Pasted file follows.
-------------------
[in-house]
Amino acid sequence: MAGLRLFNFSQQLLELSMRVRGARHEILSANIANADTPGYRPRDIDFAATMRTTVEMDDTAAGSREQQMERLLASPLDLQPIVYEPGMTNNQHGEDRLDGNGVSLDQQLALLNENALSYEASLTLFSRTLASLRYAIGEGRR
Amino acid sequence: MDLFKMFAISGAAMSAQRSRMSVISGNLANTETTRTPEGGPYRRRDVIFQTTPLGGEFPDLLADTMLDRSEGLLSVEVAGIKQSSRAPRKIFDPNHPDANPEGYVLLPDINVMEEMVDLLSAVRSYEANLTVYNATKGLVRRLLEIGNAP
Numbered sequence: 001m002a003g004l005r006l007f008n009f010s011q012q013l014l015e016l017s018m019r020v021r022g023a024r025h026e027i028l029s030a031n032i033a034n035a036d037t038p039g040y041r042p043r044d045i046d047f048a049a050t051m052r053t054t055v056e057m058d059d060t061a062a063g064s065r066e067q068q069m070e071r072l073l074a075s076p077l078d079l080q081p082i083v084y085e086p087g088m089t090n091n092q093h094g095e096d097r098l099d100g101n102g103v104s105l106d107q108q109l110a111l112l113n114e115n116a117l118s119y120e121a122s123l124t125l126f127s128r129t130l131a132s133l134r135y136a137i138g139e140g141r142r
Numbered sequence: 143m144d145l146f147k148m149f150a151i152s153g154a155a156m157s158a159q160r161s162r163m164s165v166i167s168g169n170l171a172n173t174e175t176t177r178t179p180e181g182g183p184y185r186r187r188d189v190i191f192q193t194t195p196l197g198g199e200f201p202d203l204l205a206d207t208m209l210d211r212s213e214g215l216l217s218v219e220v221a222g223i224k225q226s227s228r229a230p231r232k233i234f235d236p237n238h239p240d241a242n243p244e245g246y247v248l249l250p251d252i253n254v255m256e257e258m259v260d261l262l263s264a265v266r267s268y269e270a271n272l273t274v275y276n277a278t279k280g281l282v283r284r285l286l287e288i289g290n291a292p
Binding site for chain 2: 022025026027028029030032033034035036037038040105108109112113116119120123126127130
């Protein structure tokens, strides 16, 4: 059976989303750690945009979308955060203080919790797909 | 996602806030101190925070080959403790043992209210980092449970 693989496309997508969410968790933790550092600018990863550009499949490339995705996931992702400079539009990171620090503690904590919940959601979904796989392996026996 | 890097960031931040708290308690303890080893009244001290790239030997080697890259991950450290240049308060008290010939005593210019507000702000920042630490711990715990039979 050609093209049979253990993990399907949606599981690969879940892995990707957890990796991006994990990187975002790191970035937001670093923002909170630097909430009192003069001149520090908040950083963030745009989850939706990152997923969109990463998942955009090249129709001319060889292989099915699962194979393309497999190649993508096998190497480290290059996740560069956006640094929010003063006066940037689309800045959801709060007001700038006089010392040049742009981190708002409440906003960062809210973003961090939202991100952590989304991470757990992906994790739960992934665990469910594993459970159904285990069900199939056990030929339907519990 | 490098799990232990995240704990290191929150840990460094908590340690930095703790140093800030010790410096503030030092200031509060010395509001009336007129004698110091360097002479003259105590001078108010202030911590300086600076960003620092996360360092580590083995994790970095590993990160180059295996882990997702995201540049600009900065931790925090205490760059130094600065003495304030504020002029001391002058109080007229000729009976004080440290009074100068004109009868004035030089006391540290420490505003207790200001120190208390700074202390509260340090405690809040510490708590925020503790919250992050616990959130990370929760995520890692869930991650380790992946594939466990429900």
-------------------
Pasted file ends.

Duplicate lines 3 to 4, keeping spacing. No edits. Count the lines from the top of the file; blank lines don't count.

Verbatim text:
Amino acid sequence: MDLFKMFAISGAAMSAQRSRMSVISGNLANTETTRTPEGGPYRRRDVIFQTTPLGGEFPDLLADTMLDRSEGLLSVEVAGIKQSSRAPRKIFDPNHPDANPEGYVLLPDINVMEEMVDLLSAVRSYEANLTVYNATKGLVRRLLEIGNAP
Numbered sequence: 001m002a003g004l005r006l007f008n009f010s011q012q013l014l015e016l017s018m019r020v021r022g023a024r025h026e027i028l029s030a031n032i033a034n035a036d037t038p039g040y041r042p043r044d045i046d047f048a049a050t051m052r053t054t055v056e057m058d059d060t061a062a063g064s065r066e067q068q069m070e071r072l073l074a075s076p077l078d079l080q081p082i083v084y085e086p087g088m089t090n091n092q093h094g095e096d097r098l099d100g101n102g103v104s105l106d107q108q109l110a111l112l113n114e115n116a117l118s119y120e121a122s123l124t125l126f127s128r129t130l131a132s133l134r135y136a137i138g139e140g141r142r